Dr. Bronner’s got a little of the sesame oil off my skin, but not all of it. I poured some more of it onto the shower brush I keep on the window ledge for cleaning the tiles and scrubbed the floor so I wouldn’t go arse over teakettle when I got out – and so the next person into the shower also wouldn’t go unexpectedly flying. No go. I’m going to have to hang a sign on the glass shower door that says “Danger! Slick as cat sh*t in here!” and tackle that shower stall with Comet tomorrow. Sigh.

Finally, I was done. I dried off, climbed into clean jammies and slippers, dried my hair and went back to the kitchen, ready to take on the roasted beets.

I hadn’t tried the salad I’d be using them in before. I’d found Tracey’s recipe for it on her blog, “I’m Not Superhuman.” She’s a young health writer who has terrible, painful knees – and she’s a very good cook. Her recipes are always simple, out of the ordinary, healthy and really tasty.

You can find the salad, if you’re interested, at the link above. It involves roasted beets, cut-up sections of pink grapefruit, soft goat cheese, and arugula. The grocery store I went to didn’t have arugula (El Dorado County is one of the few staunch Republican enclaves left in California – and you know how Republicans feel about arugula!) so I got the spring mix (I think they sneak some of that lefty liberal arugula into it).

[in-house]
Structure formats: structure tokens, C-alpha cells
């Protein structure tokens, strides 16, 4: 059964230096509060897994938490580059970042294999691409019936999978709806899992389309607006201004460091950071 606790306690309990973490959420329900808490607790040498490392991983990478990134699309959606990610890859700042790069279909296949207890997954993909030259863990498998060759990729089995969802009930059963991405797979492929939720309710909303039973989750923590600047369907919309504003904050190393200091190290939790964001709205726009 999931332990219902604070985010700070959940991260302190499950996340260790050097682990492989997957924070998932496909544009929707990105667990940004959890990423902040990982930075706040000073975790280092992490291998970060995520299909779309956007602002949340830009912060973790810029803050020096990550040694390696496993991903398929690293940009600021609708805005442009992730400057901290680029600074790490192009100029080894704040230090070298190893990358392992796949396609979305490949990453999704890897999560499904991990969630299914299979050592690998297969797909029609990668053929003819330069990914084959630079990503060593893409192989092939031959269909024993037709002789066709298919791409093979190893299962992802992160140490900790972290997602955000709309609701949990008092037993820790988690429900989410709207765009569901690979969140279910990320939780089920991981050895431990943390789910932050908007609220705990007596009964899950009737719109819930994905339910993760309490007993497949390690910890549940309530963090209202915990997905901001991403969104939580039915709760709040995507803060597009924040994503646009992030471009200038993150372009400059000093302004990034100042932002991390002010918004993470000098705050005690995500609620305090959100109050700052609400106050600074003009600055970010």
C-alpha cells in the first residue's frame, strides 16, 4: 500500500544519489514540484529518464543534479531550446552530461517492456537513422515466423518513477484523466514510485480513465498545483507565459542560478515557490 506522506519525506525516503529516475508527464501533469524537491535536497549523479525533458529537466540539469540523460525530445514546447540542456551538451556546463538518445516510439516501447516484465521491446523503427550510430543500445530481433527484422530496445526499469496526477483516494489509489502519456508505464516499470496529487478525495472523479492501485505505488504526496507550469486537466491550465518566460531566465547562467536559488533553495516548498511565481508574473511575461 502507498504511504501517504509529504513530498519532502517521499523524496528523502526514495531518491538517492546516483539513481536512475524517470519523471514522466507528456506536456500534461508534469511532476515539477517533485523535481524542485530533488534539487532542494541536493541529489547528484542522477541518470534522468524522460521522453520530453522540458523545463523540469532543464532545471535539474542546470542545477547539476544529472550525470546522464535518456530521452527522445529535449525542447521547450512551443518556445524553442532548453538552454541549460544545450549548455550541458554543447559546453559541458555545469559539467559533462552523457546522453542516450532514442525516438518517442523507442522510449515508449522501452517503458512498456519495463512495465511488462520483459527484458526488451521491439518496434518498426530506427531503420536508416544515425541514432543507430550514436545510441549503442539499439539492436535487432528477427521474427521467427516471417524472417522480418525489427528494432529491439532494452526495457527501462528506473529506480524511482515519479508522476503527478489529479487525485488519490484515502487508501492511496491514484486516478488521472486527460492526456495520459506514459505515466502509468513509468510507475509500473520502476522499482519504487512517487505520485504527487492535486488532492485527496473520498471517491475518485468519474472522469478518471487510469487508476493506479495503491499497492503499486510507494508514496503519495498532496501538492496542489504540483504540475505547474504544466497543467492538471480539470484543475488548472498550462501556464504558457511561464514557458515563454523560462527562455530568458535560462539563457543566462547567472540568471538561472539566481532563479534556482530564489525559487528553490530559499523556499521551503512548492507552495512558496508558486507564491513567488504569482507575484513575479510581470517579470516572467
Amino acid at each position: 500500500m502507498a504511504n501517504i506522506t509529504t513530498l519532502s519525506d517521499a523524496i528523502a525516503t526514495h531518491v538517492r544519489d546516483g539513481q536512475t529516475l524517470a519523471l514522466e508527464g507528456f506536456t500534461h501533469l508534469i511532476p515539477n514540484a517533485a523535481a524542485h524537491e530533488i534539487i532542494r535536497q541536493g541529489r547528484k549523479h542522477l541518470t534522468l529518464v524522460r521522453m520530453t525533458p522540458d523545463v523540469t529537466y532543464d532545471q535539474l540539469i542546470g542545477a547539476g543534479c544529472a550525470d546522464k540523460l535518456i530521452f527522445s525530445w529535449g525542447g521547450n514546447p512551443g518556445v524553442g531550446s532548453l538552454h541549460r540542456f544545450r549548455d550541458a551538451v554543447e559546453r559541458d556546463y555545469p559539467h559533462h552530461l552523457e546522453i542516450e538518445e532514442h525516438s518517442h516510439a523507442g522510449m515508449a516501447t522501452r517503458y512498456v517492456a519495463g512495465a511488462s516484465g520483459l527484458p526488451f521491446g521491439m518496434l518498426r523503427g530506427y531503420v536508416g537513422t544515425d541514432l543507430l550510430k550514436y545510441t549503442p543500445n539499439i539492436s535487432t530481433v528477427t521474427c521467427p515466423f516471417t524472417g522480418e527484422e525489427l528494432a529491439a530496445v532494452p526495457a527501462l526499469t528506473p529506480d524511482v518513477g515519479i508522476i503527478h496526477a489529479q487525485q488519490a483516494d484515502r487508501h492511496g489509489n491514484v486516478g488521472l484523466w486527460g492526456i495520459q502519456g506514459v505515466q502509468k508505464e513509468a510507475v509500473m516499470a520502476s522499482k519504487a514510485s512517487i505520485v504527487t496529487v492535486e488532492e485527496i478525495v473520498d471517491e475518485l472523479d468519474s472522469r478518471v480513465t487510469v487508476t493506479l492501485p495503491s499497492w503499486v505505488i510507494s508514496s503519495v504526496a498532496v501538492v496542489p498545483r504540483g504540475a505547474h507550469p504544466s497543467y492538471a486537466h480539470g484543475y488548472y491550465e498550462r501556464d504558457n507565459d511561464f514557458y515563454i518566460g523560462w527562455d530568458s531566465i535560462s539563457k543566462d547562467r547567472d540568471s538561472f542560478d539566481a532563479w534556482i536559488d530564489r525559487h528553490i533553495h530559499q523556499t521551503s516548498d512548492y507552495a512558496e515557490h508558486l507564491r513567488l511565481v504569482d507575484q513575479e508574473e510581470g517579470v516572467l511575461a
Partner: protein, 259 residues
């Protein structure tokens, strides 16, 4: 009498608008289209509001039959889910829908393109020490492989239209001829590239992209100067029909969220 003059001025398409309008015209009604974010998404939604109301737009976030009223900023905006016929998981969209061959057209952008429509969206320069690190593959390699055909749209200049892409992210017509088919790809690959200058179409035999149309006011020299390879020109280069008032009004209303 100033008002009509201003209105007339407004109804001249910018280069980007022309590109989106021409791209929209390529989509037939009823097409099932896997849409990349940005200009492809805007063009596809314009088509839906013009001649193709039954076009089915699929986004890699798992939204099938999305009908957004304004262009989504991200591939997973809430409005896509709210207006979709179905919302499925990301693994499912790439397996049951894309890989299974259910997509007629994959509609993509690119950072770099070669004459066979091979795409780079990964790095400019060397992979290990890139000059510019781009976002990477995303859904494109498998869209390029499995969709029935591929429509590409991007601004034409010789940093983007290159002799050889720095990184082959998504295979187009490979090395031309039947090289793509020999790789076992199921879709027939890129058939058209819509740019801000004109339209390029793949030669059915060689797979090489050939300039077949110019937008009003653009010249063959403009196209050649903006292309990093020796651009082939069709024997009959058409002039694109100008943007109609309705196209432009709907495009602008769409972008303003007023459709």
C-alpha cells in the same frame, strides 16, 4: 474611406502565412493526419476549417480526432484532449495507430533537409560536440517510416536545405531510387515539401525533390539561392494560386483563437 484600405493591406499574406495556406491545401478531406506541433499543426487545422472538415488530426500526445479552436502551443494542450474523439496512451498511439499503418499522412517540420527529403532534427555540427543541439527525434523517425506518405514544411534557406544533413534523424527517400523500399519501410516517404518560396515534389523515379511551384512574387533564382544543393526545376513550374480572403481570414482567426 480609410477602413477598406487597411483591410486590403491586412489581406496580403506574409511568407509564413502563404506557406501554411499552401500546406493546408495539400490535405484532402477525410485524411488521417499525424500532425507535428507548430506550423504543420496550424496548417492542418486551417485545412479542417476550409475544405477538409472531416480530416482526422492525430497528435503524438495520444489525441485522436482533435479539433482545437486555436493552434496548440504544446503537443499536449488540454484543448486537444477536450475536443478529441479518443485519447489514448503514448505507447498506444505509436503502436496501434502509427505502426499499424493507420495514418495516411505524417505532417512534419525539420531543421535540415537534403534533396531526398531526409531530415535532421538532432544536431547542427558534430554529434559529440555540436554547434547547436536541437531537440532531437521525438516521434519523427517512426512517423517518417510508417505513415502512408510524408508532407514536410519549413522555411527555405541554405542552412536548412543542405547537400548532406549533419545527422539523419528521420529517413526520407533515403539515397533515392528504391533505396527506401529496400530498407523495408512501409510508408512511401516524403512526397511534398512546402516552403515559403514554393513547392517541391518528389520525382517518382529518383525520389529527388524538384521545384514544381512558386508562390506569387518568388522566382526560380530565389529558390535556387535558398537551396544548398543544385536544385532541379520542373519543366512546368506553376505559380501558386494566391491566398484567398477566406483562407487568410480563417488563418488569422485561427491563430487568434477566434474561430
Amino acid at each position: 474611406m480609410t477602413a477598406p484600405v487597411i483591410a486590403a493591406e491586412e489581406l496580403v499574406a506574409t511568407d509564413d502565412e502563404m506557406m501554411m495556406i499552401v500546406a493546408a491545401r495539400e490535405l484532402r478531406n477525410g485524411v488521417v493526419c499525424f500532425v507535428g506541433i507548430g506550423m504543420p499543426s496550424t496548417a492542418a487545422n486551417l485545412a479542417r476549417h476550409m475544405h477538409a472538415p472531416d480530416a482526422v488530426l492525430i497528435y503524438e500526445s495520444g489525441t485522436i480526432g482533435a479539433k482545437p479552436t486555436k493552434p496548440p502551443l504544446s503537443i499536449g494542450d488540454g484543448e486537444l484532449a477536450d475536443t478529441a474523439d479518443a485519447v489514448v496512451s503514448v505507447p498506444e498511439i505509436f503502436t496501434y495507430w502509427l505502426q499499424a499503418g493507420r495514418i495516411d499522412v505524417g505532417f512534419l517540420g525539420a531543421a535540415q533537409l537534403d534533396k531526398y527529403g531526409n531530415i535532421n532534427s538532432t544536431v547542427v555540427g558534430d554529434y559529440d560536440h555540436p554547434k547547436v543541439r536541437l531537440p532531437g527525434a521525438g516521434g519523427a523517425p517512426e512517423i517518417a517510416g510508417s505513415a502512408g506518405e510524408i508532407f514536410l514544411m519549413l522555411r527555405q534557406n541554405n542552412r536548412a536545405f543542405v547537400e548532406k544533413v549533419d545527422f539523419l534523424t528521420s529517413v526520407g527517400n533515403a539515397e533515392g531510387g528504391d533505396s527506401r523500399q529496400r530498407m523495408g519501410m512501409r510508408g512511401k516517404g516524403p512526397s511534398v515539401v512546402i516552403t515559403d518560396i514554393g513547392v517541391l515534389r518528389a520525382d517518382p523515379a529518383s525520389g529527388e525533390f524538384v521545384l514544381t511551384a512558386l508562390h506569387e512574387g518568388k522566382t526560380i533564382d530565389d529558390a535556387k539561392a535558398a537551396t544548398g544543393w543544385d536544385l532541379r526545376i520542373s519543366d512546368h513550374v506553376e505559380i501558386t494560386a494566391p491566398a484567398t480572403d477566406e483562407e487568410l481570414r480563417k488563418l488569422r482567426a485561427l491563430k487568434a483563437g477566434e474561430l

Tracey’s recipe called for a single beet (the recipe makes enough for two). I was going to get two of them, to feed the four of us. But the store I went to for the ingredients only had tiny beets, each about the size of an undernourished tangerine. I’d never seen such small beets before, but I went ahead and got five. I figured that would be enough (assuming the young’uns in the household would actually eat the salad. Ew, vegetables!).

The idea is to roast the beets until they’re soft enough for a fork to slide into easily, then cool them, peel them and cube them up for the salad. Easy, right?

Wrong. Not tonight. Those peels just didn’t want to come off those little beets. I finally managed it, but not without much cursing and staining my sesame oil-softened fingers and the cutting board a beautiful, deep crimson. Good thing I keep that Dr. Bronner’s handy in the kitchen, too! It de-stained my hands, but the cutting board remains pinkish. It’s sort of pretty.

So. I got the salad made. Drizzled vinegar and oil over it, as the recipe said to.

And then I broiled two nice salmon fillets. I’d gotten them at Trader Joe’s – frozen, wild Alaskan salmon in individual packets – a while back. I prefer fresh salmon when I can get it (and I do love that fish – it’s like eating life), but frozen is good enough in a pinch. Cheaper, too.

Sprinkled the filets lightly with garlic salt, ground some organic citrus seasoning over ‘em and stuck ‘em under the broiler. They were done in no time.